How to Tell Aunt Marian About Gay Porn?

Posted by mike on October 23, 2005, 9:17 am
in General ( Mike Zillion's Blog)

Everyone has an Aunt Marian. Mine is recently widowed, long retired, living in Florida, not one to worry about hurricaines, and socially conservative although not strictly religious. If you don't have an Aunt Marian, then you probably have someone else in your life who doesn't know yet what it is you do for a living, and might prefer never to know.

My mother, of course, knows what I do and understands the choices I have made. Not everyone has the advantage of such a rational parent. However, she is very sensitive about sharing this information with the rest of the family. She tells me she doesn't want me to ruin my good reputation, and I can only assume that she is concerned about her own reputation as well. In all fairness, I can see the difference between understanding my choices, and explaining them to her family.

The problem for my mother, and potentially for my Aunt Marian, is that I am not only content with the choices I have made for myself, I am actively proud of who I am and what I do. I do recognize that Aunt Marian's upbringing may never have exposed her to the more positive aspects of the adult entertainment industry. In fact, she might not even be aware of the critical role of erotica in the evolution and stability of the homosexual community. And come to think of it, I'm not even sure if she knows her precious nephew is a card-carrying friend of Dorothy!

The important point for me, and anyone else in this situation, is to be clear about how I feel about who I am and what I do. I can't expect everyone to agree with me, shake my hand, and join in for several choruses of Kumba-Ya on the guitar. But as long as I present my position and opinions with clarity, professionalism, and confidence, I will know that any failure to communicate is not my fault.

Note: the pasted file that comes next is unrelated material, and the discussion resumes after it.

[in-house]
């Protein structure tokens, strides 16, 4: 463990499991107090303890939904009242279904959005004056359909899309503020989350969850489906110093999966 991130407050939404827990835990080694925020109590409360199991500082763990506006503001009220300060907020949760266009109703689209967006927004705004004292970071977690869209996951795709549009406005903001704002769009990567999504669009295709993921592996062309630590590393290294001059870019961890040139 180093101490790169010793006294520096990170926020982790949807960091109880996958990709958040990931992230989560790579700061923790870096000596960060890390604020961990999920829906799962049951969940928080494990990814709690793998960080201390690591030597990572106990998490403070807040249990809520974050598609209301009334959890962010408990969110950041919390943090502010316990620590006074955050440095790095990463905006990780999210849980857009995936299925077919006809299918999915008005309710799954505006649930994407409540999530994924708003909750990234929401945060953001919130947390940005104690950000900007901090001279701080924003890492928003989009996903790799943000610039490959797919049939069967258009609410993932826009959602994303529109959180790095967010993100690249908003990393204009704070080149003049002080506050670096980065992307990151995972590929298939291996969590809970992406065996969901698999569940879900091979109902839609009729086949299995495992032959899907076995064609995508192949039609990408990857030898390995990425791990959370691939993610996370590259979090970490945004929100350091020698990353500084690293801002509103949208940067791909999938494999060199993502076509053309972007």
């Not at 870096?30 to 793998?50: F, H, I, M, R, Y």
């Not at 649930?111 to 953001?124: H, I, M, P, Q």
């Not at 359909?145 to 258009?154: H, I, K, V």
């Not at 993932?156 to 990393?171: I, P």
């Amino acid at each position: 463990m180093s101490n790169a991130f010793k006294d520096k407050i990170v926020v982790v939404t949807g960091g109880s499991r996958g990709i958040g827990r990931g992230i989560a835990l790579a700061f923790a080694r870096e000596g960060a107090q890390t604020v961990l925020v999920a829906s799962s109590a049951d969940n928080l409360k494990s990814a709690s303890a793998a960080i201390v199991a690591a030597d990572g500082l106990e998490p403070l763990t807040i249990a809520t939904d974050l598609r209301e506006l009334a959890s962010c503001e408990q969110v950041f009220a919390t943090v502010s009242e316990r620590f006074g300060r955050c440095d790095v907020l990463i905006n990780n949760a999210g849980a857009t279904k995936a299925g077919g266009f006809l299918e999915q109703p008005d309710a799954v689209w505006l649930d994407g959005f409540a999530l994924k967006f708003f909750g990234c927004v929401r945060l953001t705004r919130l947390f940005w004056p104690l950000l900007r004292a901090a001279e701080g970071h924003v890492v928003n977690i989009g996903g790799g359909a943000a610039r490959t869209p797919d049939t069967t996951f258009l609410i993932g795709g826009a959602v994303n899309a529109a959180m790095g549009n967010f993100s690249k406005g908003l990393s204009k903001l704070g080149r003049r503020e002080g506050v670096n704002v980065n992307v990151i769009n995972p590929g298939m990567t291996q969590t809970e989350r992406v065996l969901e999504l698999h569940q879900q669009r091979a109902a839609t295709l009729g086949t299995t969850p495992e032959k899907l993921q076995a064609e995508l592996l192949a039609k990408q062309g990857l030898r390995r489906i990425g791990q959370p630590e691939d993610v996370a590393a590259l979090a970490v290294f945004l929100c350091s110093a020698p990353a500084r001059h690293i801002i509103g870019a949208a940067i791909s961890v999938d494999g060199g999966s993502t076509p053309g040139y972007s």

I might not have the opportunity to tell everyone in the family all about what I do and why. But I can answer questions when asked, and try to include a little education about the role of adult entertainment in the gay community.

There are a few key points to keep in mind when introducing this subject to someone who might not be inclined to listen with an open mind.

For many people in the mainstream heterosexual world, sexuality is just a natural part of the rhythm of life. The exaggerated focus on sexuality implied by pornography can seem distasteful. But these people have never had to live in a society which denies their basic instinctual inclinations at every turn, and discourages them from sharing their feelings with each other and themselves.

In a hetero-centric society, gay erotica fills a necessary void in the lives of many gay adults who might otherwise never be able to explore their own sexuality. Nobody would deny that sexuality is a critical aspect of anyone's life. It may be illegal to marry, and it may be unpopular or even dangerous to express affection in public, but at least in the privacy of their own homes all gay men can and should have the chance to deal honestly with themselves.

Some people may be more interested in the mechanical details of the industry, and these questions can be answered honestly and respectfully if you desire. There are plenty of myths and fallacies about the industry, and only those of us who work in this field really know for certain how untrue most of these are.

I assume that nobody would choose to join a profession without at least some sense of pride in the products of his labor. That is as true for a pornographer as it is for anyone else. Tapping into that shared sense of professional dignity, which underlies all professions, may be the most critical aspect to uncovering mutual respect for the work we all do.

Unless each of us has a clear handle on why we are proud of what we do, we may never be able to discuss it productively with our Aunt Marians.
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